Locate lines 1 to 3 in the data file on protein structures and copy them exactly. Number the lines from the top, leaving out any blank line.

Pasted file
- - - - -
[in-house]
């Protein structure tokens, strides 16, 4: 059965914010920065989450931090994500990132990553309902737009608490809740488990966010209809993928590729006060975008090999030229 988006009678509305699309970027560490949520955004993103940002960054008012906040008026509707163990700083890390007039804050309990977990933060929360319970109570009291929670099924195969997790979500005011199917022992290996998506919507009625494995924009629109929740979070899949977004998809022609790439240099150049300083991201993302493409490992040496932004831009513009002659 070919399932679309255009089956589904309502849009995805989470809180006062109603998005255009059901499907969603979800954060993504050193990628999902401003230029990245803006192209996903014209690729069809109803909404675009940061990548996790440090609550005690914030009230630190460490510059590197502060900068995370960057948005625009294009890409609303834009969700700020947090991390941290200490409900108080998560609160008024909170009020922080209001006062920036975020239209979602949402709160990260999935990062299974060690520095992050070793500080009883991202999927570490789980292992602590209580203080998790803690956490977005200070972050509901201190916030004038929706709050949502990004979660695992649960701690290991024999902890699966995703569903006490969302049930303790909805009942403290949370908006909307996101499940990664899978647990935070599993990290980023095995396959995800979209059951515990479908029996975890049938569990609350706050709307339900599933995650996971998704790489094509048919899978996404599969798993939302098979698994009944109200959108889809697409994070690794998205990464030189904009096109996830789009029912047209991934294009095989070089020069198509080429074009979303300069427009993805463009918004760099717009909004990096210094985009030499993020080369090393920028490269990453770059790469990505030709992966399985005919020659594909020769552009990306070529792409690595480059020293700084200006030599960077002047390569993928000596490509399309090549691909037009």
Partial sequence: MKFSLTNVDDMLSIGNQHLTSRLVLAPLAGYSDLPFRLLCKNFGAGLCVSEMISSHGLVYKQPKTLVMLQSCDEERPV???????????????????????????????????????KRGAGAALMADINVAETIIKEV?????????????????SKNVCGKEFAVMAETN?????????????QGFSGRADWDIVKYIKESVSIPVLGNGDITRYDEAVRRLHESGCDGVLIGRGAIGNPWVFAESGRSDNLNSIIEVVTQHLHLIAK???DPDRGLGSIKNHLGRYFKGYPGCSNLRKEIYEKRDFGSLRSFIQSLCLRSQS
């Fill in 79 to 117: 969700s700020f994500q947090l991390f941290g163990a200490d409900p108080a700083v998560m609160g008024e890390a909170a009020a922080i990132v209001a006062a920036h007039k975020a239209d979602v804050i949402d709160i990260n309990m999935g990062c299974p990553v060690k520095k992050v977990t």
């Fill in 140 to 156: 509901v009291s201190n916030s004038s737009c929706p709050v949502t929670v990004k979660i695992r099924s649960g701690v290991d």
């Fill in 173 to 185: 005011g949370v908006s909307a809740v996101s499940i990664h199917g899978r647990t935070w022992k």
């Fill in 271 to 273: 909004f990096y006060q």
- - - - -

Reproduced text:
[in-house]
């Protein structure tokens, strides 16, 4: 059965914010920065989450931090994500990132990553309902737009608490809740488990966010209809993928590729006060975008090999030229 988006009678509305699309970027560490949520955004993103940002960054008012906040008026509707163990700083890390007039804050309990977990933060929360319970109570009291929670099924195969997790979500005011199917022992290996998506919507009625494995924009629109929740979070899949977004998809022609790439240099150049300083991201993302493409490992040496932004831009513009002659 070919399932679309255009089956589904309502849009995805989470809180006062109603998005255009059901499907969603979800954060993504050193990628999902401003230029990245803006192209996903014209690729069809109803909404675009940061990548996790440090609550005690914030009230630190460490510059590197502060900068995370960057948005625009294009890409609303834009969700700020947090991390941290200490409900108080998560609160008024909170009020922080209001006062920036975020239209979602949402709160990260999935990062299974060690520095992050070793500080009883991202999927570490789980292992602590209580203080998790803690956490977005200070972050509901201190916030004038929706709050949502990004979660695992649960701690290991024999902890699966995703569903006490969302049930303790909805009942403290949370908006909307996101499940990664899978647990935070599993990290980023095995396959995800979209059951515990479908029996975890049938569990609350706050709307339900599933995650996971998704790489094509048919899978996404599969798993939302098979698994009944109200959108889809697409994070690794998205990464030189904009096109996830789009029912047209991934294009095989070089020069198509080429074009979303300069427009993805463009918004760099717009909004990096210094985009030499993020080369090393920028490269990453770059790469990505030709992966399985005919020659594909020769552009990306070529792409690595480059020293700084200006030599960077002047390569993928000596490509399309090549691909037009």
Partial sequence: MKFSLTNVDDMLSIGNQHLTSRLVLAPLAGYSDLPFRLLCKNFGAGLCVSEMISSHGLVYKQPKTLVMLQSCDEERPV???????????????????????????????????????KRGAGAALMADINVAETIIKEV?????????????????SKNVCGKEFAVMAETN?????????????QGFSGRADWDIVKYIKESVSIPVLGNGDITRYDEAVRRLHESGCDGVLIGRGAIGNPWVFAESGRSDNLNSIIEVVTQHLHLIAK???DPDRGLGSIKNHLGRYFKGYPGCSNLRKEIYEKRDFGSLRSFIQSLCLRSQS